figure: Fig. 1.

Fig. 1. (a) Schematic of ultra-large-scale silicon photonic switches. The switch consists of the three basic building blocks: an N×N switch, an N×1 input coupler, and a 1×N output coupler. (b) Schematic of the N×N switch block. The waveguides are tapered to a wider width to reduce stitching loss. (c) Unit cell of the silicon photonic MEMS switch consisting of a pair of adiabatic couplers on orthogonal bus waveguides with MMI crossing.

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The MEMS switching element is similar to what we reported previously [7]. It consists of orthogonal bus waveguides with multimode interference (MMI) crossing on the first layer and a pair of vertically actuated adiabatic couplers on the second layer [Fig. 1(c)]. The multilayer adiabatic coupler switch with MEMS actuation offers many advantages: (1) zero loss in the OFF (BAR) state as the coupler is far from the bus waveguides; (2) low propagation loss using wide ridge waveguides with a shallow etch; and (3) extremely high extinction ratio (>60dB) and low crosstalk (<60dB) over a broad wavelength range (>100nm). The cumulative loss commonly seen in other silicon photonic switches is eliminated. This is a key factor in achieving ultra-large-scale switches with low loss. The detailed designs of MMI crossings and adiabatic couplers can be found in [7].

The offset between adjacent reticles in our deep-UV stepper (ASML 5500/300) is less than 100 nm. Though small, it can cause significant stitching loss in submicrometer waveguides. The misalignment loss can be drastically reduced by widening the waveguides at the joints. Figure 2 shows the simulated misalignment loss of a stitched silicon rib waveguide with a thickness of 220 nm, an etch depth of 60 nm, and a misalignment of 100 nm. For a silicon waveguide with 1 μm width, the loss is larger than 0.1 dB. The stitching loss reduces to below 0.004 dB as the waveguide width increases to 10 μm, the designed tapered width of our waveguide.

 figure: Fig. 2.

Fig. 2. Numerical simulation of the scattering loss caused by 100 nm misalignment at the stitching interface. The inset shows the schematic of the simulated structure. Silicon rib waveguides are designed to have 220 nm thickness and 60 nm partial etch depth.

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3. EXPERIMENTAL RESULTS

The ultra-large-scale silicon photonic switches were fabricated using the 6-in. wafer processing facilities in Marvell Nanofabrication Laboratory at University of California Berkeley (UC Berkeley). All three building blocks (input, output, and switch) have a footprint of 1cm×1cm [Fig. 3(a)]. Each switch block consists of 80×80 silicon photonic MEMS switches whose unit cell has a footprint of 110μm×110μm [Fig. 3(b)]. We have successfully realized a 240×240 silicon photonic switch by arranging a 3×3 array of the 80×80 switch blocks and attaching the input and output coupler blocks at the western and southern edges of the switch array, as shown in Fig. 3(a). To ensure the continuity of stitched waveguides, adjacent blocks were exposed with a 5-μm overlap. The widths of the stitched waveguides are tapered to 10 μm to reduce the stitching loss as discussed in the previous section. Figure 3(c) shows the microscope image of the stitched waveguides. The nominal offset between adjacent blocks is measured to be about 70 nm from the closeup scanning electron micrograph (SEM) in the inset of Fig. 3(c). The detailed arrangement of the switch and coupler blocks on the SOI wafer is described in Supplement 1.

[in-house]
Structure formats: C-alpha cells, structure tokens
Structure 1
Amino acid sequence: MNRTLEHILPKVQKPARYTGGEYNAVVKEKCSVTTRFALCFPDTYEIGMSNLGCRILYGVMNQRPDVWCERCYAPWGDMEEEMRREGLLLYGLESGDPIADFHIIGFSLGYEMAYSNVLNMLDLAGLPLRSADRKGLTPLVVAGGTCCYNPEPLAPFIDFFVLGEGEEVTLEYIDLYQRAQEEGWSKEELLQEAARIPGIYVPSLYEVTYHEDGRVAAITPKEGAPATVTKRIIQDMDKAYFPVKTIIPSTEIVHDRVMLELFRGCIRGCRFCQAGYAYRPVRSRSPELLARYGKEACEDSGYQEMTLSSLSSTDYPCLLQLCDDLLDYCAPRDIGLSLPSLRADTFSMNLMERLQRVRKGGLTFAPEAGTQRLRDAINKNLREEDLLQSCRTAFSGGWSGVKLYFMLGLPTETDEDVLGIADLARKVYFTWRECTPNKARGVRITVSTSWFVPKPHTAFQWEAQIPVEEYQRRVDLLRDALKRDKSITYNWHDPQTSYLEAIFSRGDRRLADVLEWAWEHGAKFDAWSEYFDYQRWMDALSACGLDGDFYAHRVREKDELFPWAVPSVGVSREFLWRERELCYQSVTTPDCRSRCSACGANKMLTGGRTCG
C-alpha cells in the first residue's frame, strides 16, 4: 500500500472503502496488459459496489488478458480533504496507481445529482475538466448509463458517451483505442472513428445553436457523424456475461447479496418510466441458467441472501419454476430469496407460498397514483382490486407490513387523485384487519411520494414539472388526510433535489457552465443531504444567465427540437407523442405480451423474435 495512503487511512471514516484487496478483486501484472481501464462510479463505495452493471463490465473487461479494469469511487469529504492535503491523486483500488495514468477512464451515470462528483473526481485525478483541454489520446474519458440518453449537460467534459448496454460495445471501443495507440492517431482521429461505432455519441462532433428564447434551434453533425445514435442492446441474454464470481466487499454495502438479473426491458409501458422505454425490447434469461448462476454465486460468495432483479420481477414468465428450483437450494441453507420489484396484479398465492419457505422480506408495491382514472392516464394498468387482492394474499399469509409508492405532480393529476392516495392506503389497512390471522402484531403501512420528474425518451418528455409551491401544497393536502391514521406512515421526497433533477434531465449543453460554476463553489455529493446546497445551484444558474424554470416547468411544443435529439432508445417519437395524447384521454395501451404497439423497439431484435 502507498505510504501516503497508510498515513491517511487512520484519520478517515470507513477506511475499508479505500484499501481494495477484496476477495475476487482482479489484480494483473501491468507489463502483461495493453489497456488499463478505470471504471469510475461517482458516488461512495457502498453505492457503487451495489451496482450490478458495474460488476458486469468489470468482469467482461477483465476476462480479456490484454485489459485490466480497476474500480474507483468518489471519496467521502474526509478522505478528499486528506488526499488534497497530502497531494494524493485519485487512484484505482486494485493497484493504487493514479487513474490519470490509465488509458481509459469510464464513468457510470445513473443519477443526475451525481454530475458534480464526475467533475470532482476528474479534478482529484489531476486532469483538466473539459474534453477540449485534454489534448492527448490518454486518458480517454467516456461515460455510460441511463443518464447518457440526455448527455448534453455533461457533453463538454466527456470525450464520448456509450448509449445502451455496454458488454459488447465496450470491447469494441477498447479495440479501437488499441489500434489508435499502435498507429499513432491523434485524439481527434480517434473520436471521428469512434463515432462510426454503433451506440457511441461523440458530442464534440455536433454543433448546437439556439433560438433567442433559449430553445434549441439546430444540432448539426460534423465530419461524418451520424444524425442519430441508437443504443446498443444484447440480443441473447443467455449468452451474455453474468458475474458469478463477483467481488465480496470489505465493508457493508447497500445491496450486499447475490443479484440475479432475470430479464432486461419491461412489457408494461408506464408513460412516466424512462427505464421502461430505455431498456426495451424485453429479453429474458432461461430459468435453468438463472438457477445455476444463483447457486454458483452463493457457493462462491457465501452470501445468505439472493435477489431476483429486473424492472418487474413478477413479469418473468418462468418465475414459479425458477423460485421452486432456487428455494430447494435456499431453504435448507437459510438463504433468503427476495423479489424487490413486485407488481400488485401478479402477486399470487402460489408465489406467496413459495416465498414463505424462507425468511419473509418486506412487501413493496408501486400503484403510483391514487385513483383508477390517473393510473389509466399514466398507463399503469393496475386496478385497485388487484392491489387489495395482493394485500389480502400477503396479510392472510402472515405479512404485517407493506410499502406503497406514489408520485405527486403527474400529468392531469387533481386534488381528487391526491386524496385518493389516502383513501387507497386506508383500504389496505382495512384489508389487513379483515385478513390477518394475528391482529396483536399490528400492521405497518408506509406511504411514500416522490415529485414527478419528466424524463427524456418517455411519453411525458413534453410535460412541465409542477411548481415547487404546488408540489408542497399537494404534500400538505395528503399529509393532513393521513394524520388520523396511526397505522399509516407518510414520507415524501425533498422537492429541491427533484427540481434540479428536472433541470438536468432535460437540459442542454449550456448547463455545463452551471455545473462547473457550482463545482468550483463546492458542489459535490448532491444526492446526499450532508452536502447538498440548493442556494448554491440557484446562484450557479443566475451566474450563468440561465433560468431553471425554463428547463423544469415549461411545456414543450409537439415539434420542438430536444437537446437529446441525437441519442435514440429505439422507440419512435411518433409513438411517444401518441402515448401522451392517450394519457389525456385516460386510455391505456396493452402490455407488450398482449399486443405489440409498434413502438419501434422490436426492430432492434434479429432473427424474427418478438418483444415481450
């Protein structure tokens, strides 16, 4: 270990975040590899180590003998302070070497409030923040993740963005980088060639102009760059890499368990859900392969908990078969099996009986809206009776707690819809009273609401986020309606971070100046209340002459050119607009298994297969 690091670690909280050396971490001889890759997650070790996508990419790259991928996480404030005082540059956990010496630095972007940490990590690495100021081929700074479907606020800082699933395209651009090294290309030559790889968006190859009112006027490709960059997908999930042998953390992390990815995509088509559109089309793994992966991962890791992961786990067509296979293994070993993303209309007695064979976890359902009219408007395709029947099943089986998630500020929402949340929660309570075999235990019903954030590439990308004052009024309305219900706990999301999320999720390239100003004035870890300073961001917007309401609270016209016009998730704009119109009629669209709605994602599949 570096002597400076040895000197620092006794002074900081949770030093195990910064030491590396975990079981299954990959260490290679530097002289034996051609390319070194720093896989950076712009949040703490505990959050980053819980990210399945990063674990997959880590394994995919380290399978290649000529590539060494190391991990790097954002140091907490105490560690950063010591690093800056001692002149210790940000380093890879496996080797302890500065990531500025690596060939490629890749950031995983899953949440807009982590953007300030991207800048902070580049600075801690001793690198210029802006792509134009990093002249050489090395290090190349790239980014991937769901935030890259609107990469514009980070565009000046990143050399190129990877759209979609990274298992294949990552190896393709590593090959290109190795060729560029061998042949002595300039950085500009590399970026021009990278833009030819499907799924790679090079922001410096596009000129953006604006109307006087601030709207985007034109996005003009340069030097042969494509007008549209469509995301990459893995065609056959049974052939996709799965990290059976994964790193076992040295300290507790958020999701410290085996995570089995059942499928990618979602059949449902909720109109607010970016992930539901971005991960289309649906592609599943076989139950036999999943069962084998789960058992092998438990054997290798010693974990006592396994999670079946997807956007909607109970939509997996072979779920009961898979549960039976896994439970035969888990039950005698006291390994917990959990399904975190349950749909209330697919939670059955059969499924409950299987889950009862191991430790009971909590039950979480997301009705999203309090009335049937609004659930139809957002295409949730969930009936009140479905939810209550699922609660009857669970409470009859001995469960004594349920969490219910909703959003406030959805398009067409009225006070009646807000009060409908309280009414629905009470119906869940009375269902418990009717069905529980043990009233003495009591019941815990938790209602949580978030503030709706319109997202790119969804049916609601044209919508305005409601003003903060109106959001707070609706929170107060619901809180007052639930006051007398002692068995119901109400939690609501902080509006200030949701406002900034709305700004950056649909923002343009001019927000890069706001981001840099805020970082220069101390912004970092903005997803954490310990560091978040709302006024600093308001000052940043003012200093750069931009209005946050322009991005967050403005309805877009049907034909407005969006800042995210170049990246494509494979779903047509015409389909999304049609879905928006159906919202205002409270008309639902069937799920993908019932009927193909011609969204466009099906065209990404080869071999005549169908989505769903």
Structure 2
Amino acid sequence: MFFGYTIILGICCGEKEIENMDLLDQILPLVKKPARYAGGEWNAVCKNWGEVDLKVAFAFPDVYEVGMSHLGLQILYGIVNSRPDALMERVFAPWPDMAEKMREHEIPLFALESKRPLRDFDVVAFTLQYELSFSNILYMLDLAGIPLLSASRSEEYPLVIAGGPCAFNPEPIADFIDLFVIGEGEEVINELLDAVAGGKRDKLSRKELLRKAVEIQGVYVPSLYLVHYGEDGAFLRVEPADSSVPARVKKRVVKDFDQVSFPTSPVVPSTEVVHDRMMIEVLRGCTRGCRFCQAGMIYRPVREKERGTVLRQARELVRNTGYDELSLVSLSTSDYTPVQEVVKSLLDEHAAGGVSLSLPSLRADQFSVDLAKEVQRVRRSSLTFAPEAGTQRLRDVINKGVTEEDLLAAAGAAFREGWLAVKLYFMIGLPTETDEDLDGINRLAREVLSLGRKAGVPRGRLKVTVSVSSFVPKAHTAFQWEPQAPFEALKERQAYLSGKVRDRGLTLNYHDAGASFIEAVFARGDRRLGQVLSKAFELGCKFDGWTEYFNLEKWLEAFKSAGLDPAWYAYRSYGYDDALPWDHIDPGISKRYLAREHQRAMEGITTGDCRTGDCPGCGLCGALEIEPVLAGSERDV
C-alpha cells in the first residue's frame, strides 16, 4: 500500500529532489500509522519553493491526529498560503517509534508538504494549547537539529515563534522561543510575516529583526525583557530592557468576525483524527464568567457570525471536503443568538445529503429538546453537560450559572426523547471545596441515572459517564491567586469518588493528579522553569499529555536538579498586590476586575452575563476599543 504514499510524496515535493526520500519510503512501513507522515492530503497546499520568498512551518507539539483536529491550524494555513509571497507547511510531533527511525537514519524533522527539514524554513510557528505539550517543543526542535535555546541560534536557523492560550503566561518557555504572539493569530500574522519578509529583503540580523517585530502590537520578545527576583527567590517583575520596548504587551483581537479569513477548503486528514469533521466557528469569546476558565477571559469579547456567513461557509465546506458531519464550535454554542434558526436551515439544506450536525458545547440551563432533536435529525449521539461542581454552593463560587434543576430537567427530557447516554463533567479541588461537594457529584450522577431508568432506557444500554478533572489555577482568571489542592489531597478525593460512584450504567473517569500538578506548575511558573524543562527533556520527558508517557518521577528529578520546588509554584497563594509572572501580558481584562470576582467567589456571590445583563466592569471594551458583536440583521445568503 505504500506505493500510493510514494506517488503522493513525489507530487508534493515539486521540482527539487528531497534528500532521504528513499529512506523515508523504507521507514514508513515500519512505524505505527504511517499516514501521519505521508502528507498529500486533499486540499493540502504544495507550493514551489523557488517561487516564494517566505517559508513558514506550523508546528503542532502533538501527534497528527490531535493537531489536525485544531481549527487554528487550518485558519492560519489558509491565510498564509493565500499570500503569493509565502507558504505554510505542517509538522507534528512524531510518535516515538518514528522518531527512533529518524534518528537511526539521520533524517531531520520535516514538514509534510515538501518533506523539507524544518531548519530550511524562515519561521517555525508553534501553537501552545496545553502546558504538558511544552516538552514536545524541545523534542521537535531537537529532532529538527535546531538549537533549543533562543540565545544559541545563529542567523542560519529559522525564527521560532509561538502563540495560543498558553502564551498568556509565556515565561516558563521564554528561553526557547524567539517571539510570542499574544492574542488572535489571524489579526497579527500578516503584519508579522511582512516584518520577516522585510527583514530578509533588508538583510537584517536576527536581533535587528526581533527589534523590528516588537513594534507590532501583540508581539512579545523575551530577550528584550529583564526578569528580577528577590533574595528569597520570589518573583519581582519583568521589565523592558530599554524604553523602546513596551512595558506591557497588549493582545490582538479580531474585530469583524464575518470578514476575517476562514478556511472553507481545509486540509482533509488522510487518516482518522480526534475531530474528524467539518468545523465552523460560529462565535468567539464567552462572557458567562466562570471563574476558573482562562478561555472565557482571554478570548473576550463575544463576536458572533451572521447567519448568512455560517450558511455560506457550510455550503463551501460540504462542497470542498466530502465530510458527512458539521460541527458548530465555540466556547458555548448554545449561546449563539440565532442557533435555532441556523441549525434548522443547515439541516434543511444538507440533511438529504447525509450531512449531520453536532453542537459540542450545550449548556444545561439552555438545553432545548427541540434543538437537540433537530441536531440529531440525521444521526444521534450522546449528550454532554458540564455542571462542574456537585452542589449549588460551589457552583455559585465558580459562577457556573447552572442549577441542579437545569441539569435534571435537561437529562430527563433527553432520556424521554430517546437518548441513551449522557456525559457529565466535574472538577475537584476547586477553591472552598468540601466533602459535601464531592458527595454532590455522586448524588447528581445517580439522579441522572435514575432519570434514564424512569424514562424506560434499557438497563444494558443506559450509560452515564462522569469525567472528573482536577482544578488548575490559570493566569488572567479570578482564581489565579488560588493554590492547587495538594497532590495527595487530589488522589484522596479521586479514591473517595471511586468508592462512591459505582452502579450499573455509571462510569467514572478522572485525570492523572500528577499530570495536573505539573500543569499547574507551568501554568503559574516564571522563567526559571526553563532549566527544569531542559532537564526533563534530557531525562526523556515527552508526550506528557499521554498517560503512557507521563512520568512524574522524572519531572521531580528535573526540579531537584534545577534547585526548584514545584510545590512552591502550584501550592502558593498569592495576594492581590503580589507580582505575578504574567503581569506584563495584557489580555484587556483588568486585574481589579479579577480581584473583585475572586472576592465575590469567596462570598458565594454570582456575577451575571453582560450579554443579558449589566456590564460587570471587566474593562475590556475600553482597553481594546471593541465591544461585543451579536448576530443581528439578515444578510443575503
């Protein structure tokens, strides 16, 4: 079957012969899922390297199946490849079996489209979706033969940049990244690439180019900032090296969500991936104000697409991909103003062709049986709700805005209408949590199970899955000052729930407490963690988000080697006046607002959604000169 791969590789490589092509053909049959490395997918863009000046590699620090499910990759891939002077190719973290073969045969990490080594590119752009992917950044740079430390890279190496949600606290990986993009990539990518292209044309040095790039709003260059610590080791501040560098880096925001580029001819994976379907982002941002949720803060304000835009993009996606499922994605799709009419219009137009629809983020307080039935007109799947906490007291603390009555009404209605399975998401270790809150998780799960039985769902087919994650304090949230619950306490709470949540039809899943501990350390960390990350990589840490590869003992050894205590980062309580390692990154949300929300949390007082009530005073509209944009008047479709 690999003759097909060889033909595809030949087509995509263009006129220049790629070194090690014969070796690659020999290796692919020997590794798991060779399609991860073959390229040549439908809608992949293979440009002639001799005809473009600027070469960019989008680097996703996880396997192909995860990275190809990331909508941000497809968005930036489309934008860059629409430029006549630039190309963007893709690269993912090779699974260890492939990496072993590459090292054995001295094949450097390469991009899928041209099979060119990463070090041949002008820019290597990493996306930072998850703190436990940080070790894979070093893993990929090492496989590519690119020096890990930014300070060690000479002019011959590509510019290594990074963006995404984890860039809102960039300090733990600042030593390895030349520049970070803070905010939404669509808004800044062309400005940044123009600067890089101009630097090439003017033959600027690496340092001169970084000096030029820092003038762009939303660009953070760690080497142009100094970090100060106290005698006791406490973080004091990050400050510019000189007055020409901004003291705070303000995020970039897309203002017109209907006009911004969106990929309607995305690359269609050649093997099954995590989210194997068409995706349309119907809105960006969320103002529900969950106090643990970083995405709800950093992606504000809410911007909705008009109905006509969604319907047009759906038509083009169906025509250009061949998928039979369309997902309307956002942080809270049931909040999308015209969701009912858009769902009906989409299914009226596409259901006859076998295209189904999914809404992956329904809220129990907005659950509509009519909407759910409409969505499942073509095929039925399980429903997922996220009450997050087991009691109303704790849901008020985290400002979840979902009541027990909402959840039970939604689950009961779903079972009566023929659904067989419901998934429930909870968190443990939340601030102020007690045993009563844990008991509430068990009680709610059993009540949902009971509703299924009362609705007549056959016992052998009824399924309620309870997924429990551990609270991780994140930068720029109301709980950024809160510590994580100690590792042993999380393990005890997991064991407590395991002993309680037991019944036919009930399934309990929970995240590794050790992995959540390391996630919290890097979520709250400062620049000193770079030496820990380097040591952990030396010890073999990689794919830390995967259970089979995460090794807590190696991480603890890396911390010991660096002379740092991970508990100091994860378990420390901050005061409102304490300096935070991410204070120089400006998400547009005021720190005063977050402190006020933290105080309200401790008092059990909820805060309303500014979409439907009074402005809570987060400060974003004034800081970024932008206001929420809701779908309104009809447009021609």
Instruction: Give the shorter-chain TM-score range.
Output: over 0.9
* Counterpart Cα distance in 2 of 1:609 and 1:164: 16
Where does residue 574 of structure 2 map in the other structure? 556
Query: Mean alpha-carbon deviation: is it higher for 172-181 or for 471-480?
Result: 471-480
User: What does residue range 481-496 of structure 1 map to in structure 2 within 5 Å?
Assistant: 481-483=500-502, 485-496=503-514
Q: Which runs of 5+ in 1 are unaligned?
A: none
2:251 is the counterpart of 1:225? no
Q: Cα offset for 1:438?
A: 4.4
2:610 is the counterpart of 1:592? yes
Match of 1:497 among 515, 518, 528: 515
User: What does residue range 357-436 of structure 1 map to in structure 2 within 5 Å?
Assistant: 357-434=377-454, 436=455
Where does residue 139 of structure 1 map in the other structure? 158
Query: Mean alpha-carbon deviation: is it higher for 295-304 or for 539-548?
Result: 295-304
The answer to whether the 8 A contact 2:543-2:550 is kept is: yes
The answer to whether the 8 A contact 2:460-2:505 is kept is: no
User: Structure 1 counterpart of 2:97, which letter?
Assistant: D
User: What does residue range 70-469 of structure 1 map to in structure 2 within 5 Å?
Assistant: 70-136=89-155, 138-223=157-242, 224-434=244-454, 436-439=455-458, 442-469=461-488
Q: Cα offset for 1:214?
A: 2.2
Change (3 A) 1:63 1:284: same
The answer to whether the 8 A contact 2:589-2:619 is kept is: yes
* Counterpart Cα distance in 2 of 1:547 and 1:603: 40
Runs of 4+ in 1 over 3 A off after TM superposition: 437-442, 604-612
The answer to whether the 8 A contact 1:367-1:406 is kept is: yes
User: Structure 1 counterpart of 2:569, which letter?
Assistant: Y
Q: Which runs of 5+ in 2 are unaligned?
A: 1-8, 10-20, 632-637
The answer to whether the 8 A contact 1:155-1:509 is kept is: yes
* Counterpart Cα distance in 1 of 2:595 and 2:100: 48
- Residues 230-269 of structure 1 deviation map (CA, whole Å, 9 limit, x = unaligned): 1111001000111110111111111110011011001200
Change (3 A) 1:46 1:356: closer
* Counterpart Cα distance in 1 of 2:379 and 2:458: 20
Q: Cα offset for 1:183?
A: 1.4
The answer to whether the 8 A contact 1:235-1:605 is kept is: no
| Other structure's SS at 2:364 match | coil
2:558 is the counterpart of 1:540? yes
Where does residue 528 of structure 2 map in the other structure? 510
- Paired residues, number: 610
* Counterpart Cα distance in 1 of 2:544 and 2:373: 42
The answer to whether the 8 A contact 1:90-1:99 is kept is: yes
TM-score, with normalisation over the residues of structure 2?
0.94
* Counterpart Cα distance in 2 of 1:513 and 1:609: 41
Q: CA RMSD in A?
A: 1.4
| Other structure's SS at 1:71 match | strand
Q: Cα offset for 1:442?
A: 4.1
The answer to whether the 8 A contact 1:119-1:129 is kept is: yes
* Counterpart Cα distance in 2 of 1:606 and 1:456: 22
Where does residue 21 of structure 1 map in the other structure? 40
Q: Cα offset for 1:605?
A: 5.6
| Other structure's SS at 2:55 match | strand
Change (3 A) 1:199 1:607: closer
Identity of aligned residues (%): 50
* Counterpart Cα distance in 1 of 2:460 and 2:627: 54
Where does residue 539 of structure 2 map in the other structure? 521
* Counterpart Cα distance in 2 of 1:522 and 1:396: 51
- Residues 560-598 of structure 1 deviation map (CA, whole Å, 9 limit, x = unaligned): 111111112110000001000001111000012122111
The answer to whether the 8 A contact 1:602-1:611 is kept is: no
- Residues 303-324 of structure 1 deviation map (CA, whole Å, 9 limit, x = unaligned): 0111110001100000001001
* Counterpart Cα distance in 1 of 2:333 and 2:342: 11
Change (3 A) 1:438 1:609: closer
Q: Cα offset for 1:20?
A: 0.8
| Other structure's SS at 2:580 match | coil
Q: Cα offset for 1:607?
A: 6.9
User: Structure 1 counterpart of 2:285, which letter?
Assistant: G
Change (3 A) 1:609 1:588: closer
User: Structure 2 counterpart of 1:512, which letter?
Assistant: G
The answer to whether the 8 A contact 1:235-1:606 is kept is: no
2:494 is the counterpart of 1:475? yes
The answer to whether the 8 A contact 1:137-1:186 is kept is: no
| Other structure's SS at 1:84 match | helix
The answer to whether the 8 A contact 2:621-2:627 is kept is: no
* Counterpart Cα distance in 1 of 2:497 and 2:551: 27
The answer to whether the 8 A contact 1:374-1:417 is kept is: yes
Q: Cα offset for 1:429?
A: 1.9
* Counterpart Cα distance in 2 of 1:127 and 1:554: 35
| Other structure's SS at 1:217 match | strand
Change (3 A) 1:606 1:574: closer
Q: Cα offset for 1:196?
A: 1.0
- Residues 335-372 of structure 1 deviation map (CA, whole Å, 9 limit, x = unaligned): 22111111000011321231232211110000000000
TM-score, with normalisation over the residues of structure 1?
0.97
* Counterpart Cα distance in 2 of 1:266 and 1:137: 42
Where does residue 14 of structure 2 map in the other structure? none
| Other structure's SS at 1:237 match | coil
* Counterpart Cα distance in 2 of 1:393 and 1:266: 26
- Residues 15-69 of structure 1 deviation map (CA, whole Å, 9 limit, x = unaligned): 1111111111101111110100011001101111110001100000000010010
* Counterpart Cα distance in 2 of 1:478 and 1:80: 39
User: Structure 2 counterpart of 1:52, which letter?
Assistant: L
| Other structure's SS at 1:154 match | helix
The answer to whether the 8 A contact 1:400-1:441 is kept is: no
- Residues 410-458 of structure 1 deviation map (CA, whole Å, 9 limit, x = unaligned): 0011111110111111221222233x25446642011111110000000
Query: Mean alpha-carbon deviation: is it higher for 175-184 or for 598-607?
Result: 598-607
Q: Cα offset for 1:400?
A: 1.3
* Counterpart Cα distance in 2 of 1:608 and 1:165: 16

figure: Fig. 3.

Fig. 3. (a) Fabricated 240×240 silicon photonic switch on a 4cm×4cm die. (b) Optical micrograph of the unit cell in the silicon photonic MEMS switch. Unit cell size: 110μm×110μm. (c) Tapered waveguides at the stitching interface. Inset: close-up SEM image of the waveguide joint showing 70 nm offset. (d), (e) SEM images of the fabricated silicon photonic MEMS switches.

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To characterize the switch, a custom measurement setup was built with two motorized six-axis stages to align the two fiber arrays with the input and output coupler blocks. Two 80-channel fiber arrays with 13-deg polishing angles are used to interface with the switch. With this setup, we can probe any 80×80 switch blocks by moving the fiber arrays along the input or output couplers. As the ultra-large-scale switch can be readily extended to a wafer-scale device, the stages were designed to have a 10-cm translation range. The experimental setup and the fabricated switch are shown in Fig. 4. TE polarized light is coupled in and out of the switch through grating coupler arrays. The coupling loss was measured to be an 4.5dB/facet at 1500 nm wavelength. The switch was electrically addressed using a pair of probes.

 figure: Fig. 4.

Fig. 4. Experimental setup with the 240×240 silicon photonic switch.